News / Middle East

    Missile Defense System Keeps Watch on Syria

    Scott Bobb
    Six batteries of U.S. made, but NATO-backed, missile defense systems have been set up in southeastern Turkey to protect against aerial attacks from war-torn Syria.

    U.S. soldiers are maintaining Patriot Missiles. Since January, the missiles have been stationed at a Turkish military base outside Gaziantep. The city is 50 kilometers from Syria, where an an increasingly bloody civil war has killed at least 70,000 people.

    Syrian government forces appear to be mostly firing at rebels, who are backed by Turkey. But Syrian fire has landed several times in Turkey, in one instance killing five people.

    Turkey's government asked NATO (the North Atlantic Treaty Organization) for the missiles.

    Commander Charles Branson said when the system's radar detects a potential threat, it sends the information to NATO commanders. In seconds, they decide whether to respond.

    “They give us a determination, sort of a filter if you will. If it comes back positive, yeah, that's an enemy. If it comes back negative, that's a friendly. There are determinations. But that information is sent to the launcher. It tells the missiles specifically to shoot or not shoot,” said Branson.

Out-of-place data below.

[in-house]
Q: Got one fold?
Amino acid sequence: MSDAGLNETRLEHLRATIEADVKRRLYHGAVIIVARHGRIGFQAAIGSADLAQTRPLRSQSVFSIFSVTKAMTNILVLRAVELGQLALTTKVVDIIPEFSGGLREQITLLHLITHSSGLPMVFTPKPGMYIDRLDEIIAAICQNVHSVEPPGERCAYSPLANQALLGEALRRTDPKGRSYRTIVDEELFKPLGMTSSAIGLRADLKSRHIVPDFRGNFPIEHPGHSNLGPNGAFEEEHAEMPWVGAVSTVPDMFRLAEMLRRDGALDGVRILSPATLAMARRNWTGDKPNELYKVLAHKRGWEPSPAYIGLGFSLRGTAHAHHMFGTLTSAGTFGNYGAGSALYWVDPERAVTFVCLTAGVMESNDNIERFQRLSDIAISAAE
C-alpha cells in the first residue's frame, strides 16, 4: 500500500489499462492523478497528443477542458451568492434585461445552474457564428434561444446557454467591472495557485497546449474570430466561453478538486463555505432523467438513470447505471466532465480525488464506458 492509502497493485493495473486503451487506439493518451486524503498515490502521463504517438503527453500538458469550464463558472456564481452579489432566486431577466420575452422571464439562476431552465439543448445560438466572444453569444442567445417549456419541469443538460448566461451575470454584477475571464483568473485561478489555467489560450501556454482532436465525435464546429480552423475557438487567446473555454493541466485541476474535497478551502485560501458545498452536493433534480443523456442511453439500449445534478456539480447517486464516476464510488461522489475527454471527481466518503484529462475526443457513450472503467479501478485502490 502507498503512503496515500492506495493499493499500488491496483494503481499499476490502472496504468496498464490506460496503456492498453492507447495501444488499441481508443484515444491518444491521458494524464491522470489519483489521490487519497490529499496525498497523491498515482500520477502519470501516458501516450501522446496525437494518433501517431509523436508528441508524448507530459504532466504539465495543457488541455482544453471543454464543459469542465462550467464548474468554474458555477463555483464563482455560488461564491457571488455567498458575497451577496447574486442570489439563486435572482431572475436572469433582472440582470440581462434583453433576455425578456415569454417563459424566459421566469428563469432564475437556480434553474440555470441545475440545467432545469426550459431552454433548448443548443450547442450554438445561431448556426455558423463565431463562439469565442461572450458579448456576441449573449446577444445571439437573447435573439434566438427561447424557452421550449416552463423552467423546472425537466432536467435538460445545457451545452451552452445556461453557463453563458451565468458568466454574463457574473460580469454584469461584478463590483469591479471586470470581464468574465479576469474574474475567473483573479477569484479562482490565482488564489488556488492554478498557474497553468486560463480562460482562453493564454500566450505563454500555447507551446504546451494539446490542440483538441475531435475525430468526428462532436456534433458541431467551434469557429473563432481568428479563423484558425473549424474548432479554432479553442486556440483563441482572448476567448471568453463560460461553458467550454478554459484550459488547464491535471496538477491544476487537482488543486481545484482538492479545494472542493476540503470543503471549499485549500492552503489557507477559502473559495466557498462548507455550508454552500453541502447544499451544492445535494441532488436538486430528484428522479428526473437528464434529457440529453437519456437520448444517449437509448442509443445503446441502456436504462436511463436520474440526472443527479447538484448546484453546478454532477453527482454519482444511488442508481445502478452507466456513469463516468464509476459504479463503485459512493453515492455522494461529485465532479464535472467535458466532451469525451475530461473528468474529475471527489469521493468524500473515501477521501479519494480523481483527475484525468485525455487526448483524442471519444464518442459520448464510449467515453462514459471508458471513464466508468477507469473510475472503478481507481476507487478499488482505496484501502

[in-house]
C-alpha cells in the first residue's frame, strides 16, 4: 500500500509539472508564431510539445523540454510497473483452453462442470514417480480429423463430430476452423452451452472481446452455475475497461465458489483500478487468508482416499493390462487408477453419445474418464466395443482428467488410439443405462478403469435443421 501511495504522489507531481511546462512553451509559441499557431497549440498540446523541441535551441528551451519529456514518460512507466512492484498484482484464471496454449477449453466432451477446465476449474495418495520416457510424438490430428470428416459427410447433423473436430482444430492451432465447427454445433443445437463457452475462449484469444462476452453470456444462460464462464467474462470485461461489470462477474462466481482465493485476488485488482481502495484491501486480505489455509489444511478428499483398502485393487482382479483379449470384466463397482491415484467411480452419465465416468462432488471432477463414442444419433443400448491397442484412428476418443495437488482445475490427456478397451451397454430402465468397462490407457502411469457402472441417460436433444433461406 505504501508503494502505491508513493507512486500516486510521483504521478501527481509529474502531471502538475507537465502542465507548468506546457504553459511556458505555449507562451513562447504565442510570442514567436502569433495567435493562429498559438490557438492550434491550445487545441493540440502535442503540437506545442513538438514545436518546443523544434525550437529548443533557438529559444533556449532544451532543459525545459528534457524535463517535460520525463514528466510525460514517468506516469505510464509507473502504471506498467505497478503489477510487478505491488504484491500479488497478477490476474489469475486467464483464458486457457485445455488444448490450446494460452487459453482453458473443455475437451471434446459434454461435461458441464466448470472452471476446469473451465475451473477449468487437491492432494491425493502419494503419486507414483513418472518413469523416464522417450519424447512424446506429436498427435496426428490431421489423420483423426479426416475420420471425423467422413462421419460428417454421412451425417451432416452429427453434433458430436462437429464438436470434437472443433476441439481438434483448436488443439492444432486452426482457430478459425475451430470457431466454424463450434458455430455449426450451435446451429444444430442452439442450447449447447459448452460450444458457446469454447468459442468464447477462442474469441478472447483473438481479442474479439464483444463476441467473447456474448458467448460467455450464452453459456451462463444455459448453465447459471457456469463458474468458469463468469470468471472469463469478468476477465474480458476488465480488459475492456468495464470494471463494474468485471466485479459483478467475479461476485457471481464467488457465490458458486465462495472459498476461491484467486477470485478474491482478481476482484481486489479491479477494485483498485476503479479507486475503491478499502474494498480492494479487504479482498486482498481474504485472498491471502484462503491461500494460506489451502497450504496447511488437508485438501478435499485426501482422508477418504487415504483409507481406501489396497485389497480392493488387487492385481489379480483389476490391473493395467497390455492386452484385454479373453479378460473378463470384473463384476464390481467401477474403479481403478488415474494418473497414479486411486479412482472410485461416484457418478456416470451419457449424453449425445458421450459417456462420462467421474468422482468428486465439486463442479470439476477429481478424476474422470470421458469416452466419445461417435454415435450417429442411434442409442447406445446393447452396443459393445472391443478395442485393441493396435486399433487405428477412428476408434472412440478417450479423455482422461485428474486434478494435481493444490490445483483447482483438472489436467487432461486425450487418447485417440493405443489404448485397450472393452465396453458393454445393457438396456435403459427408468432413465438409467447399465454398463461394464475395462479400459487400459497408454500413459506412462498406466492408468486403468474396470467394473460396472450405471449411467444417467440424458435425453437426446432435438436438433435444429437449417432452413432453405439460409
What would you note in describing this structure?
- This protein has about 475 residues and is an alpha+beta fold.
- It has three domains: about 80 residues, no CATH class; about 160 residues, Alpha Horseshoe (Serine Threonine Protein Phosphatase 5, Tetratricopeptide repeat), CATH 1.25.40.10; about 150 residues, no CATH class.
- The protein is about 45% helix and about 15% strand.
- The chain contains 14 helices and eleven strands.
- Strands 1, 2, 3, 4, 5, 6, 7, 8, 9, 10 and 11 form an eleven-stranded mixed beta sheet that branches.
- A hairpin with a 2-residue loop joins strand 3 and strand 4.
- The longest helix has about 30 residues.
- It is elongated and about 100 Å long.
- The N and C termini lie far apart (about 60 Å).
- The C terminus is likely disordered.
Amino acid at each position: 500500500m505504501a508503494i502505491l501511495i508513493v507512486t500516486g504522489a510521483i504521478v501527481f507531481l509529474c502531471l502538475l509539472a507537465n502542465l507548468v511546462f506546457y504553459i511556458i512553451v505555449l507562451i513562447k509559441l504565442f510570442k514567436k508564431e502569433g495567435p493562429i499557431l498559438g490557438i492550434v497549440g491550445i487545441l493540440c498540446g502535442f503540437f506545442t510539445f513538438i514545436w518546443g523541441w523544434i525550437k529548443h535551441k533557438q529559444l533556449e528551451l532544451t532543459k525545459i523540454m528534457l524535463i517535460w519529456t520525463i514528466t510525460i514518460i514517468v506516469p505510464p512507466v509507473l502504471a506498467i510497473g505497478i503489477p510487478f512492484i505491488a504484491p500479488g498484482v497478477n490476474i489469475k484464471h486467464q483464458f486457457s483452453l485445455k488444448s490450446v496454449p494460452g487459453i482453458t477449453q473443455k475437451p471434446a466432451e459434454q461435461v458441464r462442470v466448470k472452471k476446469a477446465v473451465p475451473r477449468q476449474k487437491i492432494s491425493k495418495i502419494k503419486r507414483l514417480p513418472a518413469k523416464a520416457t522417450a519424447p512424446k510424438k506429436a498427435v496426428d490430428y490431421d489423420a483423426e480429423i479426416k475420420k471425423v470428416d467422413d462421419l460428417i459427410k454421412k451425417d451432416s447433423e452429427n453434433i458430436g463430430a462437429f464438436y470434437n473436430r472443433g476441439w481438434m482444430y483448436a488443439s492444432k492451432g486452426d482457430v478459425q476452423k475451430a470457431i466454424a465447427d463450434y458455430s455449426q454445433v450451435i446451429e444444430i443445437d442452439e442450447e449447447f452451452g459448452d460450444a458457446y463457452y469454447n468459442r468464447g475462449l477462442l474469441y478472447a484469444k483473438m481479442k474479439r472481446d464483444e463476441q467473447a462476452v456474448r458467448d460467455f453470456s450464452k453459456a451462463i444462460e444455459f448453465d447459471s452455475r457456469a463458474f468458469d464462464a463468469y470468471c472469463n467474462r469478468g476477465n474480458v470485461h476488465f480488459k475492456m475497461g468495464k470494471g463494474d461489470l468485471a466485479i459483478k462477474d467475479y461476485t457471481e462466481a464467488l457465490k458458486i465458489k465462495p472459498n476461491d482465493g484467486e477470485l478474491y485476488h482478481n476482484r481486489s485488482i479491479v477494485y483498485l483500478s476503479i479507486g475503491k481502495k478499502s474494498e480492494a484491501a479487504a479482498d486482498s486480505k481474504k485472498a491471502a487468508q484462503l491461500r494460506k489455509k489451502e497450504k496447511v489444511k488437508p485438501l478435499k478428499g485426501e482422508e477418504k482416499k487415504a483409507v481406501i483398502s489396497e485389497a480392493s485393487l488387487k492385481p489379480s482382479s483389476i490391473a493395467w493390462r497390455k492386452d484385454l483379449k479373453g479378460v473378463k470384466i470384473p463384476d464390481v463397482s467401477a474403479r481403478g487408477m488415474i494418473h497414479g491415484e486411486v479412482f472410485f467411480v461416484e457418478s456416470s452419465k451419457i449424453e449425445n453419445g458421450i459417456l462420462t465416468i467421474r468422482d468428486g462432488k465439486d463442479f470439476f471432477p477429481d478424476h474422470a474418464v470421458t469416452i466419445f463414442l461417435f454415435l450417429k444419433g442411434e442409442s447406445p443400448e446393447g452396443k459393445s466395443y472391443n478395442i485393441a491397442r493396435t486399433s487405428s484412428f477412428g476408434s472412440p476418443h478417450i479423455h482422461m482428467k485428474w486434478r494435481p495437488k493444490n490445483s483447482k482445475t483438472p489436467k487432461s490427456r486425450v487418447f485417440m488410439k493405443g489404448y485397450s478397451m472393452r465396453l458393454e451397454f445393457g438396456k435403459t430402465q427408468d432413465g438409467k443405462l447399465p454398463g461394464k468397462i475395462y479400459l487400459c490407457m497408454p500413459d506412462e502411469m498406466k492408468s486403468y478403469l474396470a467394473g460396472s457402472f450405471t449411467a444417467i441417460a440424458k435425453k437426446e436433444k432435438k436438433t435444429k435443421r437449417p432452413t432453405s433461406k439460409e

The two U.S. missile batteries here are staffed by 400 soldiers. Each battery includes six launchers carrying a total of 48 missiles. Germany and the Netherlands each have sent two similar batteries to Turkey.

    NATO says the missiles are for defensive purposes only. So far none has been fired. Battery Commander Captain Leslie Dembeck said the team nevertheless must still keep up its skills.

    “It does give us the option to go into a training phase where we can do a simulation scenario where we would interact with the threats," said Dembeck.

    First Lieutenant Mary Jocelyn said although team members are far from home, they are committed to the mission.


    “...to actually get to use all of our training experiences, to be able to help out a friend when they ask for help, and to be able to stand next to the Turks,” said Jocelyn.

    The soldiers don't know how long their deployment will last. Syria's rebels have been pushing for a multi-national no-fly zone in Syria, but without it, the missile batteries are the first-line border defense.

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